The rain pelted the car windows like liquid bullets. The sky above was thick with grey clouds that only turned darker as our destination grew nearer. Some of the raindrops clung to the passenger window, but were soon whipped away by the furious wind. I pressed my ear against the cold glass surface and felt the roar of the motorway resonate through me. I shivered.
"Penny for your thoughts," my mother probed me from the driver's seat. I stifled the urge to snort with disgust or disregard her like I had done since she told me we were moving.
"Pathetic fallacy," I muttered, commenting on how the crummy weather reflected on my melancholy mood. Her brow furrowed as she scowled at the road and my attitude.
There was an awkward pause as she contemplated on what to say next. She had learnt that this was the best thing to do when I was in 'one of my moods.'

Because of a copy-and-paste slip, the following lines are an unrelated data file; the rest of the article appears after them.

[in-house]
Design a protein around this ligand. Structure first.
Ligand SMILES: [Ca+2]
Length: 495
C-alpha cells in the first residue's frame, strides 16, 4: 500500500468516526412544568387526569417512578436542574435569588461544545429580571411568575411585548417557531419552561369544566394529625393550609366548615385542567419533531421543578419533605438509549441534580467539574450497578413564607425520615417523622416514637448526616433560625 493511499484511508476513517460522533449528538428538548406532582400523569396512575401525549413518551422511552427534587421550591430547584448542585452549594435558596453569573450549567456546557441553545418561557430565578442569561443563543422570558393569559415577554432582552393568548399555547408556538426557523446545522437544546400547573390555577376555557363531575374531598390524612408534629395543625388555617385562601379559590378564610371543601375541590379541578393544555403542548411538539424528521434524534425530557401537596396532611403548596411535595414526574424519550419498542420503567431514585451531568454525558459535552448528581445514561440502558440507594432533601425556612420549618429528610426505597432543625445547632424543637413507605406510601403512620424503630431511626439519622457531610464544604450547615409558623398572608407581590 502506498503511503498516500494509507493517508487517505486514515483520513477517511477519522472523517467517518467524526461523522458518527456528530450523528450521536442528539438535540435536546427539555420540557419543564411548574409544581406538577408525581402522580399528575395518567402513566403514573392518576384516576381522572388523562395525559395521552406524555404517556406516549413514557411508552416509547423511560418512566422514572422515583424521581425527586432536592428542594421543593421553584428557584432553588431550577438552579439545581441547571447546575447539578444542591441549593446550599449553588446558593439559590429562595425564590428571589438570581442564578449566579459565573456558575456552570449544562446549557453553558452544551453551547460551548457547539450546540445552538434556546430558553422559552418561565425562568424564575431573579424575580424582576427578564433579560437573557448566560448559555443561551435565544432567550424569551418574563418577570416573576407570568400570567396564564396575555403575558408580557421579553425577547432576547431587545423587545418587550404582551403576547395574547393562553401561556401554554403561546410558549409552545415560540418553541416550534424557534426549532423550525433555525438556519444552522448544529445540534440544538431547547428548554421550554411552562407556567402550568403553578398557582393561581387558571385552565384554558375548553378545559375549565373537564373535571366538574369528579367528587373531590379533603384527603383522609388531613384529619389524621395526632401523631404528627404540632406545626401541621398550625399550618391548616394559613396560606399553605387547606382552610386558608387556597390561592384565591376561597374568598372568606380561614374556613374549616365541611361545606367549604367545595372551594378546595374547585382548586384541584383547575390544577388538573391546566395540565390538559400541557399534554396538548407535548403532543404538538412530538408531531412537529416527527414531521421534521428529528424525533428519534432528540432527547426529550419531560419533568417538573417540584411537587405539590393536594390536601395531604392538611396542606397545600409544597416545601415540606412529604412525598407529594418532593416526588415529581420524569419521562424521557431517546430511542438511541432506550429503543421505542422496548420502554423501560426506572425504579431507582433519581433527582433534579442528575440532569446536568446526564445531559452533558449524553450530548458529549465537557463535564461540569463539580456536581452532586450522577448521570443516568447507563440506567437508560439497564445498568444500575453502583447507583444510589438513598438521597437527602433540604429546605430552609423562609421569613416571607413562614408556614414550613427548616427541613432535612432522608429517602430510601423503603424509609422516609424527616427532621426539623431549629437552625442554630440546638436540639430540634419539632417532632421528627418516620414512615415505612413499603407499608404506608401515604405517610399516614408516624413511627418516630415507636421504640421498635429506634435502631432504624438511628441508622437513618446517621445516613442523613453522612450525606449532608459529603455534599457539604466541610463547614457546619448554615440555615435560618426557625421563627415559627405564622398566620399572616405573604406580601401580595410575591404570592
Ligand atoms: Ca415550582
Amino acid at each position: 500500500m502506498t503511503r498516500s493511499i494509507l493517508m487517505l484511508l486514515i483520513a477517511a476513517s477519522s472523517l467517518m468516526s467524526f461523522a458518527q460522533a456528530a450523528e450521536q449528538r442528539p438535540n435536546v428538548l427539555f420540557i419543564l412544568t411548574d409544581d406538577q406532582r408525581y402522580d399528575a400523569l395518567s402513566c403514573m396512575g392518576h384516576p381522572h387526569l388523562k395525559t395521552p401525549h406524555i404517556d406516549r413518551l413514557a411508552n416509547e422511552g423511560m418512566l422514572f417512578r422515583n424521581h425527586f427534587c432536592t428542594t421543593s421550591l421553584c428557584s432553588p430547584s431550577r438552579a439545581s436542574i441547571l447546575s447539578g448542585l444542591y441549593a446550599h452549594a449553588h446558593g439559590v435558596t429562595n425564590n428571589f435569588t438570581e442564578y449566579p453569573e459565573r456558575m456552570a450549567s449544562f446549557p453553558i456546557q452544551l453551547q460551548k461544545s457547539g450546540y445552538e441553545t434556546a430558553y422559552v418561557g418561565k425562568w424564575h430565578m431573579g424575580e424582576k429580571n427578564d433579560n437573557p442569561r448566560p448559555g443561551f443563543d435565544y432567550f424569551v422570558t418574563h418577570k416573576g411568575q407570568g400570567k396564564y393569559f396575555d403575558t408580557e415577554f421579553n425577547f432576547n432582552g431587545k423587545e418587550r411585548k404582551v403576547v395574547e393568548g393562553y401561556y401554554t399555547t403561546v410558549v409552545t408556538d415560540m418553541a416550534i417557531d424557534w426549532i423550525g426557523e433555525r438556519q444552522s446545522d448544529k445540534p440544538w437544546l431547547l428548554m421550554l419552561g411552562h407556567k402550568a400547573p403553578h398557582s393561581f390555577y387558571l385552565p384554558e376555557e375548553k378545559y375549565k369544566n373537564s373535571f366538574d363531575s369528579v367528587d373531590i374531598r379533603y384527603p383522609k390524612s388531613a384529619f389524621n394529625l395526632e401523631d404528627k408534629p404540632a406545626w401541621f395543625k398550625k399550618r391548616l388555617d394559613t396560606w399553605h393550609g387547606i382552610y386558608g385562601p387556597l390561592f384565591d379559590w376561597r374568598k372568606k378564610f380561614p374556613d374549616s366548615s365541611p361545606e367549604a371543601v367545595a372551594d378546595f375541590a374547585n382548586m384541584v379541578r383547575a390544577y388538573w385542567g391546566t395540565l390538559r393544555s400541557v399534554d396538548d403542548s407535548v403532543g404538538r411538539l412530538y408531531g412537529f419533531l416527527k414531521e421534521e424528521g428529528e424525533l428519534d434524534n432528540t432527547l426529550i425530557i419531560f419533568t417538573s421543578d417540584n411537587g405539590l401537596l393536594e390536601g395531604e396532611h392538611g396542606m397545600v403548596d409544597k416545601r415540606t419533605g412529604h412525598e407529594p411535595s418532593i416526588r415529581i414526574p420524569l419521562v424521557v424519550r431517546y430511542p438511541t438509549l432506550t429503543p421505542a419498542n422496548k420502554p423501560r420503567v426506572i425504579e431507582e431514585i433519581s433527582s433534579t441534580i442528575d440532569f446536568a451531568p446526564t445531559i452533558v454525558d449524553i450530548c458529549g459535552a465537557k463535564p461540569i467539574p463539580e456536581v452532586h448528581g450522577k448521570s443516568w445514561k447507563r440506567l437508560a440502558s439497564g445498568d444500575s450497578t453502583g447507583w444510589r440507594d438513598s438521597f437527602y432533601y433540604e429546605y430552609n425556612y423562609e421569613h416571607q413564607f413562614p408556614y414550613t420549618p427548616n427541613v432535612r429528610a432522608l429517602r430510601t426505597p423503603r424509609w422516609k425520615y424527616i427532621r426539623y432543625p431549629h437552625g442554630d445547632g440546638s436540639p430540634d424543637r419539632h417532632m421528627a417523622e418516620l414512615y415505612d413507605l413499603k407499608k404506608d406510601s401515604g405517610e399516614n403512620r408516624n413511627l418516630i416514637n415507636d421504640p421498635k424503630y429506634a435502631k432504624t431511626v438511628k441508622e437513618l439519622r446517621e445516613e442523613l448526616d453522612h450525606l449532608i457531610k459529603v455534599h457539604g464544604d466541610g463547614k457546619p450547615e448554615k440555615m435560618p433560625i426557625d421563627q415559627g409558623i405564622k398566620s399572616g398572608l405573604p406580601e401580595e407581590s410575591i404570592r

"Look, Ida, I know it's hard. Your Dad leaving, us moving half way through the school year, but-"
"Yeah, yeah." I cut her off and turned away, gazing back out of the passenger window. I so did not want to hear this!
Through the drenched glass I saw her reflection. Her mouth was clamped tightly shut and she sat rigid in her seat. All the anguish and heartache began to bubble beneath the surface of her skin. A guilty flush crept up my cheeks. I guess it was impossible for me to hate my mother forever.
"I'm sorry," I whispered, trying not to cry myself, but failing. Warm tears fell from my eyes and I brushed them away with an unsteady hand. My mother took one hand off the steering-wheel to hold mine, ignoring that it was wet from my tears.
"I know. I know it's been hard," my mother told me, softly squeezing some reassurance into my fingertips. "But we'll get through this. I promise we will."